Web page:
Post Doctorates Vulnerable to Exploitation
Tues June 7
A 45 year-old adjunct professor of 10 years committed suicide by carbon monoxide
poisoning in his home on May 25. The man, Dr. Suh had been an adjunct professor for Chosun University.
As reported by Hankyoreh News, his 5-page will, written to South Korean President Lee Myung-bak, criticized the corrupt process of hiring tenure-track professors and the lack of job security. His will elaborates that during his 10-year attempt to be hired as a tenure-track professor, he was timelessly asked to pay nearly 60 to 100 million won ($50,000-$85,000) for employment.
A former colleague of Dr. Suh mentioned that, “It is a well-known secret that monetary payment for professorship is one of the last requirements to be hired. Through this incident the treatment and hopelessness of part-time lecturers as well as the corruption amongst professors needs to be revealed.” Unfortunately for Dr. Suh, he didn’t have the economic ability to pay the cost for a professorship.
In 2008, an opinion poll by Kyosu News reported that 54.6% of professors hired were done in an unjust way. Adjunct professors, often called part-time lecturers, consist of professional lecturers usually with Ph.D degrees or are graduate teaching assistants. As many schools have lost funding over the recent years due to economic backlash, the number of part-time lecturers has increased. It has been reported that more than half of all teaching faculty members in South Korean post-secondary institutions are adjunct professors or part-time lecturers with nearly 52% of the group not covered by health insurance, pension, or unemployment benefits.
In an interview with the Korea Human Rights Foundation, an anonymous part-time lecturer at a well-known university in Seoul stated that, “it must be frustrating remaining at school as a part-timer without any promise despite years of education, and a suitable diploma. What I think we should do is to reduce part-timers and increase full-time jobs such as adjunct professor positions so that fewer people would suffer from being insecure about what they do. It might be controversial where a part-time lecturer’s job might be at stake but it would bring a more positive outcome for people who have committed their lives to academia as both schools and the government can provide them with better work conditions.”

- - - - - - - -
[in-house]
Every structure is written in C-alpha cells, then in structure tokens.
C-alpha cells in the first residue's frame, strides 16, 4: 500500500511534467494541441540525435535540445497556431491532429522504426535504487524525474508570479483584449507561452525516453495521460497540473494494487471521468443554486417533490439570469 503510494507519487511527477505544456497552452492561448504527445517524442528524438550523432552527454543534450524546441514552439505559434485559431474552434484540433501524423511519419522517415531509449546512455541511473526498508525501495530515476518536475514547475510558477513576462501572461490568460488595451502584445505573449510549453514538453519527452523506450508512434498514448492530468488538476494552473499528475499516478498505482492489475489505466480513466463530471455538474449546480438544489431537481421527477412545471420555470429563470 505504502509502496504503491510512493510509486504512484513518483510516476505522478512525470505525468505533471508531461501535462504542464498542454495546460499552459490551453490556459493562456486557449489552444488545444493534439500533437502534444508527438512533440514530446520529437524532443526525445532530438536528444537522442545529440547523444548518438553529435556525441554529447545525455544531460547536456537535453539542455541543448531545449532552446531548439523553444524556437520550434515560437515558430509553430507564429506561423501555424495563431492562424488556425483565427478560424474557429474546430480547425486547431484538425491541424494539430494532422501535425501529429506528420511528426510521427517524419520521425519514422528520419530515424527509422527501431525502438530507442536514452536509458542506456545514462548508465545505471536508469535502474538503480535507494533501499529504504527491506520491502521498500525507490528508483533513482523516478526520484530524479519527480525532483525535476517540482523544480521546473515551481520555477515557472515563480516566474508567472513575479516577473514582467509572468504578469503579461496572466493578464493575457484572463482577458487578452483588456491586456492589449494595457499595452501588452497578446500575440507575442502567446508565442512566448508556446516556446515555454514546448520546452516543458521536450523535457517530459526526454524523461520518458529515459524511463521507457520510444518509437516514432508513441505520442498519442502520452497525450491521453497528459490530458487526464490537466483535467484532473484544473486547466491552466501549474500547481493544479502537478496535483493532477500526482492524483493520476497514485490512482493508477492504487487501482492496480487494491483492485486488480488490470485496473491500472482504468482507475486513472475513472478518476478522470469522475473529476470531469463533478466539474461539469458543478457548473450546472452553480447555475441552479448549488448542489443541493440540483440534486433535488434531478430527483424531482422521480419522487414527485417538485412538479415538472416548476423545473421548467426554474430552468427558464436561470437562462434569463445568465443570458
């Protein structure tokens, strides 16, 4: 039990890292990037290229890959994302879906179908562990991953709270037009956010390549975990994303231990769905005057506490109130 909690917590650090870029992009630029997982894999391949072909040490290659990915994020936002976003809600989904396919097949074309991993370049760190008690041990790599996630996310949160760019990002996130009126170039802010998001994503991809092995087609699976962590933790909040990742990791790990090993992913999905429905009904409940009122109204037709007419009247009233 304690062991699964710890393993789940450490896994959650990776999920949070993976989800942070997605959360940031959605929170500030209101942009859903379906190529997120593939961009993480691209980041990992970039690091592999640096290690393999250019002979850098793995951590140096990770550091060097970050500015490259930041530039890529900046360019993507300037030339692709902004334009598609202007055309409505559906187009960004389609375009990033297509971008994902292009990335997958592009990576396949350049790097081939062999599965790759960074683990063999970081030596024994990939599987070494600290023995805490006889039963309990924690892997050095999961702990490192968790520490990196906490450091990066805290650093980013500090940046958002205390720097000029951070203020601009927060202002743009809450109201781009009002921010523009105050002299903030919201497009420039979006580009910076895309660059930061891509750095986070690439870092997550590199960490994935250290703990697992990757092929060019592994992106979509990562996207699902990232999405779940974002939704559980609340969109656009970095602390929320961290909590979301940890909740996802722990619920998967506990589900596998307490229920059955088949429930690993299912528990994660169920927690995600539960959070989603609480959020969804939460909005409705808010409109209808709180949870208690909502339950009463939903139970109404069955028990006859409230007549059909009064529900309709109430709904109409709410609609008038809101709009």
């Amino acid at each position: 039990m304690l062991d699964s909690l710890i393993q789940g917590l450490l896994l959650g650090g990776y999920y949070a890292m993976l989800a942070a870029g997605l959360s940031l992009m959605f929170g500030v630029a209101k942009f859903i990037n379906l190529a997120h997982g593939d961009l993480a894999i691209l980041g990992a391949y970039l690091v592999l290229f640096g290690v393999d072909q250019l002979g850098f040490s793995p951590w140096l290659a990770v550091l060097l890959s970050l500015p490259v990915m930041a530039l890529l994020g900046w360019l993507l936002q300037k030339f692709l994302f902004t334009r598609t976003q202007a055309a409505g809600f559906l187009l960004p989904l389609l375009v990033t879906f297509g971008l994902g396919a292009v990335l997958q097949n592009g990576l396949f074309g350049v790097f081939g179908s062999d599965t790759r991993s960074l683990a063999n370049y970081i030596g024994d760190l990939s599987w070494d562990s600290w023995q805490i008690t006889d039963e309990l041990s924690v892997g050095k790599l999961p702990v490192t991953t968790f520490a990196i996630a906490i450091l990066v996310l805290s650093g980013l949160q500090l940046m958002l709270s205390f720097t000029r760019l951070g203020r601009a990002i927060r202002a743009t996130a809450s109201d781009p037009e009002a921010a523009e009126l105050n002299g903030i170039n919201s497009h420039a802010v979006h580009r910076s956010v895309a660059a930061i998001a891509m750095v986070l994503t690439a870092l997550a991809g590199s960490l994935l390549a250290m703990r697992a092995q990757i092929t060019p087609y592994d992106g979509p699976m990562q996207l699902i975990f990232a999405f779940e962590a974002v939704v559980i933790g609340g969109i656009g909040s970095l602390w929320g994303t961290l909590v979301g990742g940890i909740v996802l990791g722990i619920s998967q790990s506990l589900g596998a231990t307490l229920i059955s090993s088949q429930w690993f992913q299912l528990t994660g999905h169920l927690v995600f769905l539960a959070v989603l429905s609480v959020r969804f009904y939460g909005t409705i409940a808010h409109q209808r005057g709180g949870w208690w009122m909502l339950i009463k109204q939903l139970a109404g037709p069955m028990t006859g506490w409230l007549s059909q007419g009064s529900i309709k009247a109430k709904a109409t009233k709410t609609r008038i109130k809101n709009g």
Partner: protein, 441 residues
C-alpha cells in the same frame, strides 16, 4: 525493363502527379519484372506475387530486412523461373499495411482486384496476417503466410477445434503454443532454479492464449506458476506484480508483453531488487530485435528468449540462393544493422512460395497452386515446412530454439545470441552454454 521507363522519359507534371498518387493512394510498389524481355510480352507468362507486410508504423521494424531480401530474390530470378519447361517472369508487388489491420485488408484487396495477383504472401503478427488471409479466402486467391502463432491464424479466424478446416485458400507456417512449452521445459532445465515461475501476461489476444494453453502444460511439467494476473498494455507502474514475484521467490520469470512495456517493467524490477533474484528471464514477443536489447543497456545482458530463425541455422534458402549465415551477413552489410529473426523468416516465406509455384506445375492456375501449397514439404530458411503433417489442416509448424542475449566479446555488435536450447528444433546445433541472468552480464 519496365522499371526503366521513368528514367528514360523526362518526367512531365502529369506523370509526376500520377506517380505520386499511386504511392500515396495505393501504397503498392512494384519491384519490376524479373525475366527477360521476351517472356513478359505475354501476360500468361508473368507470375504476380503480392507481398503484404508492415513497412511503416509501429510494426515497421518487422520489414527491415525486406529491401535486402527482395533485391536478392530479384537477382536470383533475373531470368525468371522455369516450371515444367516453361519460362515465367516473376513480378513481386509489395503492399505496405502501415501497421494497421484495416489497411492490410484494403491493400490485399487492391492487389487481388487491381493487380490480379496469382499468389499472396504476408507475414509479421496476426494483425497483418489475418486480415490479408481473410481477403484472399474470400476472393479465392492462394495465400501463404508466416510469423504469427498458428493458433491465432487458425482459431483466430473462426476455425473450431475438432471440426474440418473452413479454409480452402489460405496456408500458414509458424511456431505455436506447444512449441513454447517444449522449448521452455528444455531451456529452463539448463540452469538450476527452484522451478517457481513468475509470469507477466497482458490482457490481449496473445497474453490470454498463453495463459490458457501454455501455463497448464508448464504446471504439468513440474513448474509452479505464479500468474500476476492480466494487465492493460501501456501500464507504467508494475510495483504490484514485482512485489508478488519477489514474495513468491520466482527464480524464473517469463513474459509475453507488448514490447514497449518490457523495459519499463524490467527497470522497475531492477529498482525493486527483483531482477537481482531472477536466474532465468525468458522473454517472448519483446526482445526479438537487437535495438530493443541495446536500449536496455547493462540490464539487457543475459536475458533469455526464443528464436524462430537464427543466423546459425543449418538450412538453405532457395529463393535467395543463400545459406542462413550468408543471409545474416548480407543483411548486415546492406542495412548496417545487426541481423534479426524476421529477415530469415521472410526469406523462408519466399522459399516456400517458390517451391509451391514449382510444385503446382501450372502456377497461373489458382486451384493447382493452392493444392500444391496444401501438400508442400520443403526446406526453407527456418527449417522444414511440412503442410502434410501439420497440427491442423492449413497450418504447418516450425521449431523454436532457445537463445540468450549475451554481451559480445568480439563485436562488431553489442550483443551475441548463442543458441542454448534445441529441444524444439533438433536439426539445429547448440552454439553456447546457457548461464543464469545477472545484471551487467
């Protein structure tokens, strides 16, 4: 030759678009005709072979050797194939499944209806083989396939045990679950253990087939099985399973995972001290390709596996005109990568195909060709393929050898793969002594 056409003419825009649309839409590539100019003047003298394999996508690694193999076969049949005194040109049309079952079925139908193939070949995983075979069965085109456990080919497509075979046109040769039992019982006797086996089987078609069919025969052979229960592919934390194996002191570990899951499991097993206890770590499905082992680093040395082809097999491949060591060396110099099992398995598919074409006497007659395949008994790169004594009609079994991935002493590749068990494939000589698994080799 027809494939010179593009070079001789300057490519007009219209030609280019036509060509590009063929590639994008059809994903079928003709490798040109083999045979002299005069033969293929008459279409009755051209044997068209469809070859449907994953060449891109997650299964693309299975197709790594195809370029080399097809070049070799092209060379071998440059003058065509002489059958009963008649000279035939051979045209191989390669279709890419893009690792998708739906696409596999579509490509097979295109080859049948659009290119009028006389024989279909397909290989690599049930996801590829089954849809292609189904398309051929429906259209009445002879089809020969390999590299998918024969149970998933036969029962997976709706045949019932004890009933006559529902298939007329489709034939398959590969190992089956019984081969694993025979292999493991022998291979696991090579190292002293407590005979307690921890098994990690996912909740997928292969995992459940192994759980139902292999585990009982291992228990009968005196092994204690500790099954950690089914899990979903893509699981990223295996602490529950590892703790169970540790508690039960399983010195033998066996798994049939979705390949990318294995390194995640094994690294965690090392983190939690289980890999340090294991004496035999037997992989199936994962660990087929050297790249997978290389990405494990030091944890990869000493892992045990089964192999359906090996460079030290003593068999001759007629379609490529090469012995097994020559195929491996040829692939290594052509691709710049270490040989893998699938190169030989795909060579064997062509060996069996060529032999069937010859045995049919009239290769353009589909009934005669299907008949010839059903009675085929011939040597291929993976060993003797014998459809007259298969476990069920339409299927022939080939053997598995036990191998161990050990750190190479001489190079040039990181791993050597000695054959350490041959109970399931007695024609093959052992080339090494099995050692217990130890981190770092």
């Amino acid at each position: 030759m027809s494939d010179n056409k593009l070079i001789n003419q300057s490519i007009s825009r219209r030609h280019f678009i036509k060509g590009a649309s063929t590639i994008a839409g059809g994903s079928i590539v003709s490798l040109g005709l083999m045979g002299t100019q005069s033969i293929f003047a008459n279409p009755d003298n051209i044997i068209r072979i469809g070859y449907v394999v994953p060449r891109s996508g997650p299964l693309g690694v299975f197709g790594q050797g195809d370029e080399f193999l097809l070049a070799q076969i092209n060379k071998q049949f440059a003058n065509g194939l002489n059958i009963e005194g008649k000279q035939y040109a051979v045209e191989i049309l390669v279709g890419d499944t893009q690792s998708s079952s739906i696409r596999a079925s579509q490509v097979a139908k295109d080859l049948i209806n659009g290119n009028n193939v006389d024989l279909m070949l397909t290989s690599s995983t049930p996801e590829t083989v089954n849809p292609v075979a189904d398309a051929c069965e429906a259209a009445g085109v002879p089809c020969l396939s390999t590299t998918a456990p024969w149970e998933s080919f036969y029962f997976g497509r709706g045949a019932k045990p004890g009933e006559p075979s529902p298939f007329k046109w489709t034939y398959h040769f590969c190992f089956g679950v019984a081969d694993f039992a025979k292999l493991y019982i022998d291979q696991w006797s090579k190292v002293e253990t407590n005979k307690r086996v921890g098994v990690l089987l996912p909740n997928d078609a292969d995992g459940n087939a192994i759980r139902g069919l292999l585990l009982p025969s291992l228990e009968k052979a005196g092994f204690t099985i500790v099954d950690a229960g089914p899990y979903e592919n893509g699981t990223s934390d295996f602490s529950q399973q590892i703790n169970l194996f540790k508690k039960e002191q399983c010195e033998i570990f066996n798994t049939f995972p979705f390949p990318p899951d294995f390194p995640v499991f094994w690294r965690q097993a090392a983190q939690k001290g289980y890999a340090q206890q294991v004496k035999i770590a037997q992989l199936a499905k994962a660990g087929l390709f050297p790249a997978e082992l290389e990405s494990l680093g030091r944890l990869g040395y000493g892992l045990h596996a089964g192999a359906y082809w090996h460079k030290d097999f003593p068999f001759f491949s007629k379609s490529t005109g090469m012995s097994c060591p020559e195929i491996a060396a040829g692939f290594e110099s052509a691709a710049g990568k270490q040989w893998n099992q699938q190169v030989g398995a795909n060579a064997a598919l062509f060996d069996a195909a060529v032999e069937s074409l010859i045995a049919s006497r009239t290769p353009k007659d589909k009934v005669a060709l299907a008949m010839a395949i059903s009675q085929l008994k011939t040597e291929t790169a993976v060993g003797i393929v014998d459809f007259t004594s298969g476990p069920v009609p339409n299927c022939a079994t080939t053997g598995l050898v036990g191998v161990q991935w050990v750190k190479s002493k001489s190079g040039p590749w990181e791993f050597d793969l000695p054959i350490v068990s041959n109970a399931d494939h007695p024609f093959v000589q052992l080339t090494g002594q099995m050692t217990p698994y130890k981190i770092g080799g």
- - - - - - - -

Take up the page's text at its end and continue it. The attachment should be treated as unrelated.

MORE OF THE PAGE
On 27 May, while laying the remains of Dr. Suh into a crypt, his older brother expressed that, “It’s a pity that my younger brother couldn’t become a professor because he didn’t have the bribe money.” While working as an adjunct professor for a public university in Gwangju for 10 years, Dr. Suh earned 34,000 won ($27) per hour and worked 10 hours a week which equaled to an average salary of 1.4 million won per month ($1,133) to support a family of four.
This is not the first incident of part-time lecturers expressing their grievances in extreme acts. Since 1998, there have been 9 similar incidences. In June 2004, the National Human Rights Commission of Korea expressed that “part-time lecturers in post-secondary institutions compared to full-time lecturers are discriminated in working conditions, not guaranteed ‘teacher’ status, and adequate wages without a rational explanation which constitutes as a violation of equality.” Part-time lecturers have also voiced their opinion on the violation of equality as workers who aren’t guaranteed the rights outlined above.
Lecturers in South Korea have historically been oppressed since the Park Chung-hee presidential administration in 1977. As the first president Rhee Syngman was ousted from office through a student-led uprising, the authoritarian rule of Park Chung-hee kept students and teachers who helped instigate the uprising under tight surveillance. As a punitive measure, lecturers were demoted in status which has prolonged and manifested into incidents such as this.
The South Korean National Assembly submitted a bill on 7 September 2007 as recognition to reform the current standards of part-time lecturers which has been left on the back burner with no suggestions of bringing it back to a standing committee. ■